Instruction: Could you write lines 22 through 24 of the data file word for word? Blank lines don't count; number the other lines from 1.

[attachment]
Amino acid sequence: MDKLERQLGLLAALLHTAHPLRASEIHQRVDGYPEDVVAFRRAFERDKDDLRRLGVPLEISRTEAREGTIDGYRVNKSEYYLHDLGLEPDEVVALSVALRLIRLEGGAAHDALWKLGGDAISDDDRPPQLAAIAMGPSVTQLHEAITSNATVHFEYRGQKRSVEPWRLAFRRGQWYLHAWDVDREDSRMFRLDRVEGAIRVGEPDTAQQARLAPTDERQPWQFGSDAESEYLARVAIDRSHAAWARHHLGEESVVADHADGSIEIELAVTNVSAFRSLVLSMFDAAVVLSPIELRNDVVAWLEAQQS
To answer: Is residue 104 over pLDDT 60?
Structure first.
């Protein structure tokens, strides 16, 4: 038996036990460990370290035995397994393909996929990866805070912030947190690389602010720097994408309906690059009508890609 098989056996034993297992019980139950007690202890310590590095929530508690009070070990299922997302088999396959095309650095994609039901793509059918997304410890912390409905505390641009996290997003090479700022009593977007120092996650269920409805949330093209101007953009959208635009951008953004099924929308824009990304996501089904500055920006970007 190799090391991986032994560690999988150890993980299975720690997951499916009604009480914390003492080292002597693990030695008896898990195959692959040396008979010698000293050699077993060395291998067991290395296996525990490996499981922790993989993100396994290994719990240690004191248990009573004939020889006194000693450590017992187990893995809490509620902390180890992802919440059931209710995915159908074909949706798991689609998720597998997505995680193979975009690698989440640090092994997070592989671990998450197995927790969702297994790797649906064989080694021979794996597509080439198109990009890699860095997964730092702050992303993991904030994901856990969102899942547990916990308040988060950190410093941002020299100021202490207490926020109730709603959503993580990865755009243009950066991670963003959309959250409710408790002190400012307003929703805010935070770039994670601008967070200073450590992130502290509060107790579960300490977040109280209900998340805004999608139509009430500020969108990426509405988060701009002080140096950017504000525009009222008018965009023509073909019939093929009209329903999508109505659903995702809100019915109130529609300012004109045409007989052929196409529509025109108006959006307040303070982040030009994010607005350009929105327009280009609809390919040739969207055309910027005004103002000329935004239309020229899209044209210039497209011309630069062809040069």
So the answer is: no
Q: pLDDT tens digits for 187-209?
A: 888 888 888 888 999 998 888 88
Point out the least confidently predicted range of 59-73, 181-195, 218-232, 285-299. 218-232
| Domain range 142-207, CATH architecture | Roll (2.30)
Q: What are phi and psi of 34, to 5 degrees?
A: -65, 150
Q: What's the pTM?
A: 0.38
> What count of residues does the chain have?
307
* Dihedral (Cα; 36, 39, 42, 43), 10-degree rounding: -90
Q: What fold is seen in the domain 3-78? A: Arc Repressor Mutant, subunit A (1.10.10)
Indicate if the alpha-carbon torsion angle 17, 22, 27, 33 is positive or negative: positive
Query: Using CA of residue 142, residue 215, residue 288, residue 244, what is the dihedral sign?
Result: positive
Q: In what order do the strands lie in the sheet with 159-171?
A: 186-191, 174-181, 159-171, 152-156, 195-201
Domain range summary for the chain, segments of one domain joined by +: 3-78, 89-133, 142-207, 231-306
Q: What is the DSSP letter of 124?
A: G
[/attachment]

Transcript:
A: 186-191, 174-181, 159-171, 152-156, 195-201
Domain range summary for the chain, segments of one domain joined by +: 3-78, 89-133, 142-207, 231-306
Q: What is the DSSP letter of 124?